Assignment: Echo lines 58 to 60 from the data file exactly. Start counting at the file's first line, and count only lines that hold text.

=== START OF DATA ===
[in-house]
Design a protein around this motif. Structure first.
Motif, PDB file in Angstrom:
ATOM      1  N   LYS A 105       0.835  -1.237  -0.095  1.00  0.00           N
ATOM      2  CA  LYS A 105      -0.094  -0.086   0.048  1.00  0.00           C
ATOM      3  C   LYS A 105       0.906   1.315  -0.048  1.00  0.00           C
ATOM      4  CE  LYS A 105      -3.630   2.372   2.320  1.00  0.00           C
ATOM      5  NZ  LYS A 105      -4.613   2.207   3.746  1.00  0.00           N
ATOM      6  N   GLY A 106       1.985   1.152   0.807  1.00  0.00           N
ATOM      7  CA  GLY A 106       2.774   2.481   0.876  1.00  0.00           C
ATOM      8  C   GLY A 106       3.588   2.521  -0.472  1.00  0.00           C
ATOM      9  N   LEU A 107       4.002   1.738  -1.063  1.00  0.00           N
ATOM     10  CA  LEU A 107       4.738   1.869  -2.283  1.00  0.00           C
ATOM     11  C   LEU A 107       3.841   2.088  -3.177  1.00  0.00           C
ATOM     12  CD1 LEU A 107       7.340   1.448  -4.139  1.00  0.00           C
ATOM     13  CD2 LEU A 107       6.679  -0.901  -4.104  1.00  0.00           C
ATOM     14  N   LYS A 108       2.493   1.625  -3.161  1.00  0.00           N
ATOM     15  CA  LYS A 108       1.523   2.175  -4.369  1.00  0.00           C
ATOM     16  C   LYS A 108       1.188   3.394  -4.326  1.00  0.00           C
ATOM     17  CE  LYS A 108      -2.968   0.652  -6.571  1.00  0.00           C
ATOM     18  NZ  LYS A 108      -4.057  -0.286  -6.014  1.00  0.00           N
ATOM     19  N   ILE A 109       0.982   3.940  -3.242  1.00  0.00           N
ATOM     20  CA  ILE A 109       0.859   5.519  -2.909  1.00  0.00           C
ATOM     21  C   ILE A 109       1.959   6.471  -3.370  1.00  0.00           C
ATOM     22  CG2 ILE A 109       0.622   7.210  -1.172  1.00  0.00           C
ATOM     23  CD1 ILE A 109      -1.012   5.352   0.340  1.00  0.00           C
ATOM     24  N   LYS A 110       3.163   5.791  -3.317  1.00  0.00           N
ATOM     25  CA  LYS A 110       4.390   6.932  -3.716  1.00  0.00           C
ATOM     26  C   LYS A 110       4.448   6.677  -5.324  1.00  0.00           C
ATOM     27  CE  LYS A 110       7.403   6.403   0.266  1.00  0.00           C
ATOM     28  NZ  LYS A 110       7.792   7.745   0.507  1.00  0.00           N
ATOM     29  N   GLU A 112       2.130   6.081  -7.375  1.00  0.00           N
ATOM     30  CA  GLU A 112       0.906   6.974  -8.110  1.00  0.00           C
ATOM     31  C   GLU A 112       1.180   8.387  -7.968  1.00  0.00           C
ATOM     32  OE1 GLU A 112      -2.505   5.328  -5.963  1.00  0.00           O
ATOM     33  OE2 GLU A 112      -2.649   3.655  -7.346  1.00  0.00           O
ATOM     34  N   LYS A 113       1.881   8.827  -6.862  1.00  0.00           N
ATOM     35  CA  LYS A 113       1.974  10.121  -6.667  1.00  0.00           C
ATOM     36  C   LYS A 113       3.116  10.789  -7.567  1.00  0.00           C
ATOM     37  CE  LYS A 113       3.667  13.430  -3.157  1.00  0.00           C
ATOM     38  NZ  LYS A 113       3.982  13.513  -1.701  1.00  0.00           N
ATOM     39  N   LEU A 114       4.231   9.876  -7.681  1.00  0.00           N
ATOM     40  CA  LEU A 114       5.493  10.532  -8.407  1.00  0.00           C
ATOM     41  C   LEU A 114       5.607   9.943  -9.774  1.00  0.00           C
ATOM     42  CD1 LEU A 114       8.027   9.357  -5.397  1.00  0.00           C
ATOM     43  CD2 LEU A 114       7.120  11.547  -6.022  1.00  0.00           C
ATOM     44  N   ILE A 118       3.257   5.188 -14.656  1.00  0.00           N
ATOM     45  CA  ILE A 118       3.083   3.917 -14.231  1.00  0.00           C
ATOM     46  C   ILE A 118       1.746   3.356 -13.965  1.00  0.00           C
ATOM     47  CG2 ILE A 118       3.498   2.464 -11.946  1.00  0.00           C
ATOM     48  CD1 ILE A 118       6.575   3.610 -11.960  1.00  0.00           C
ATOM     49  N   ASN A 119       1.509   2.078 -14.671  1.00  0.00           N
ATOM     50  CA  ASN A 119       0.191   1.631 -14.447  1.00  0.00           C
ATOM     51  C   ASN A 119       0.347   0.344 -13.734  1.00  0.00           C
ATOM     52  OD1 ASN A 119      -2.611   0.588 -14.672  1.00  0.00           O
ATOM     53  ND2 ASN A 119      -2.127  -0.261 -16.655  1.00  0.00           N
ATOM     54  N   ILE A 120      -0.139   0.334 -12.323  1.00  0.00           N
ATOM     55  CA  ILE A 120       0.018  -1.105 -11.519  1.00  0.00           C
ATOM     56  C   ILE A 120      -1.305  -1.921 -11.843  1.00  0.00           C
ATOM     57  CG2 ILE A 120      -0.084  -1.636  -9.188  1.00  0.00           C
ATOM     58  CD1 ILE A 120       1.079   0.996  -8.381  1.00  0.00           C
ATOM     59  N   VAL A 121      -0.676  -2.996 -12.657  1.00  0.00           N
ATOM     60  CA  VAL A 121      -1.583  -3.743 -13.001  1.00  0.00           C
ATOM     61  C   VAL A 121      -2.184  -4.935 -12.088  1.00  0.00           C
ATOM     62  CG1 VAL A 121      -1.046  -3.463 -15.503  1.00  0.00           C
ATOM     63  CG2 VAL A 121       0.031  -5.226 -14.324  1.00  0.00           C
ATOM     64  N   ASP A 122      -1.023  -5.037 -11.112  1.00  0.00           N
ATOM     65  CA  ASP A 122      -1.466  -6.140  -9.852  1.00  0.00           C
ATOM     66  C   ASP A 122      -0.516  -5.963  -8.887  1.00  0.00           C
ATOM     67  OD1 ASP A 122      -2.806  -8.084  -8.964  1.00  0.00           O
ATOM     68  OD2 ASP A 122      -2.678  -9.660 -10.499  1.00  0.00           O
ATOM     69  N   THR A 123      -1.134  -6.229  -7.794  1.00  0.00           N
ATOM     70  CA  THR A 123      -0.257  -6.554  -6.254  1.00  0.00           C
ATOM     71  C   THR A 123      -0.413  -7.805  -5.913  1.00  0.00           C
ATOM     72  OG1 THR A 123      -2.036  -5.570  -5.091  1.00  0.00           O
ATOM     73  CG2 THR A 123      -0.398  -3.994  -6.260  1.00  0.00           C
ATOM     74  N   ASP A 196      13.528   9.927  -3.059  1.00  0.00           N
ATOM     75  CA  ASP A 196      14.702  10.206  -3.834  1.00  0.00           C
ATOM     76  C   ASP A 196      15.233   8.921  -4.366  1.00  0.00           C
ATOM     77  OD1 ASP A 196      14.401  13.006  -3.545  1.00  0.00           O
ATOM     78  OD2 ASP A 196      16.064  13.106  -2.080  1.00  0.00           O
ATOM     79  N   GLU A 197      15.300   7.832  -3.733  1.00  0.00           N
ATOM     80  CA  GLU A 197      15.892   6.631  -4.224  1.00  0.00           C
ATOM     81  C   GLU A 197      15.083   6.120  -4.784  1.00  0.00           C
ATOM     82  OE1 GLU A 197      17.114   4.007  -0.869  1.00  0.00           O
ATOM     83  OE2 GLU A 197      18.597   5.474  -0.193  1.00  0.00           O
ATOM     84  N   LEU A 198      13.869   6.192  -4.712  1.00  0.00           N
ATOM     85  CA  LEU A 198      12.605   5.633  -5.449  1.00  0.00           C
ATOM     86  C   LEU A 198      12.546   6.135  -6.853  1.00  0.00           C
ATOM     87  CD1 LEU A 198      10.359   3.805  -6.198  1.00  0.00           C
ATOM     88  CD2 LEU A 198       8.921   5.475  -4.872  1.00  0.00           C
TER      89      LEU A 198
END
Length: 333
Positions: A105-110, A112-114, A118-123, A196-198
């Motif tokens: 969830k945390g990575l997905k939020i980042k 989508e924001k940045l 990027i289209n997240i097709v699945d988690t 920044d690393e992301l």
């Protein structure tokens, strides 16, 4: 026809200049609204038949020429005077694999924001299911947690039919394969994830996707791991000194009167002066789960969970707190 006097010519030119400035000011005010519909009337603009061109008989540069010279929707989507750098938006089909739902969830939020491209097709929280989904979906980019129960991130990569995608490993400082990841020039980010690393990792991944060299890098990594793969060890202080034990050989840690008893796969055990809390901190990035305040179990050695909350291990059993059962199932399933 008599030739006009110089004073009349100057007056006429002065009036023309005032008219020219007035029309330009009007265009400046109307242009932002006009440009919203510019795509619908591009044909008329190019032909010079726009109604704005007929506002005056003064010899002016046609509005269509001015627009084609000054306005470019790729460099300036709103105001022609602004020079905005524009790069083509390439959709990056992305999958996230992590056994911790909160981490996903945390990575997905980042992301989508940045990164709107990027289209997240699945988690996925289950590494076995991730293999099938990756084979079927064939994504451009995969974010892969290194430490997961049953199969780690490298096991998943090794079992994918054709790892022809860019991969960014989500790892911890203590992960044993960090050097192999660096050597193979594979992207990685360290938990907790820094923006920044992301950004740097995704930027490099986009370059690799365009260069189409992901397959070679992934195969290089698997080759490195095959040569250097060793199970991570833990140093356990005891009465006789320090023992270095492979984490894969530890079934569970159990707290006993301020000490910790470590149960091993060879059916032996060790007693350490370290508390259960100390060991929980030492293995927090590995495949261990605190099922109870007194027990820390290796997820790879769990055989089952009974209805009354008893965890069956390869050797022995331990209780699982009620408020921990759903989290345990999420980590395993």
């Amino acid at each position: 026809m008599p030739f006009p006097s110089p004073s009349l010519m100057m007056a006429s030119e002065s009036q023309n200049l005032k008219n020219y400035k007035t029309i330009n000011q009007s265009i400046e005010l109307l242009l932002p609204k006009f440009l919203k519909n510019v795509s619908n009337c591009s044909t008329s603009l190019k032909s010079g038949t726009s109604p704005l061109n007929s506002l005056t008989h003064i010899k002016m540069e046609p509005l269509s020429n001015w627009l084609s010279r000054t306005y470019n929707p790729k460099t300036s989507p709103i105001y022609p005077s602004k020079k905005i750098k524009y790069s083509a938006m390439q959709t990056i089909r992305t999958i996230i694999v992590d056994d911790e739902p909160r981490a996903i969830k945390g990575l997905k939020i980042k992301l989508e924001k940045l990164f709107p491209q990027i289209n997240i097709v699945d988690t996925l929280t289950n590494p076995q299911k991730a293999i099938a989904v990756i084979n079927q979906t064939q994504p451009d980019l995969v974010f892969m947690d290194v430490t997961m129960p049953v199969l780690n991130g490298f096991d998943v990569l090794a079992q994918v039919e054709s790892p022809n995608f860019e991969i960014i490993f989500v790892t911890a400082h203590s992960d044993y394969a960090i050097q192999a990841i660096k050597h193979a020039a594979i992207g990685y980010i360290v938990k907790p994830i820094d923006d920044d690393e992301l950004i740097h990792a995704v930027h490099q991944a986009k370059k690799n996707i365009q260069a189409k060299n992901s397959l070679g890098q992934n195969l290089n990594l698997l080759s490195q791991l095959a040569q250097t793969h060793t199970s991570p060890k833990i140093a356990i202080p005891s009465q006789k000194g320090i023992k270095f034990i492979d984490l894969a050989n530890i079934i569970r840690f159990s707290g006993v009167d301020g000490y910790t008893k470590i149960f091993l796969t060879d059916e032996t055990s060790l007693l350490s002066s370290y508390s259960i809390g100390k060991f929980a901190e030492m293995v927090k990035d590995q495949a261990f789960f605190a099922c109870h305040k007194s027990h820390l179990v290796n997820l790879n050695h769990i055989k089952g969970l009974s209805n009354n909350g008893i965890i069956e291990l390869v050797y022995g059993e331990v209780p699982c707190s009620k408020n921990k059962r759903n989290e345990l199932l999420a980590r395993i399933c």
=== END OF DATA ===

ATOM     55  CA  ILE A 120       0.018  -1.105 -11.519  1.00  0.00           C
ATOM     56  C   ILE A 120      -1.305  -1.921 -11.843  1.00  0.00           C
ATOM     57  CG2 ILE A 120      -0.084  -1.636  -9.188  1.00  0.00           C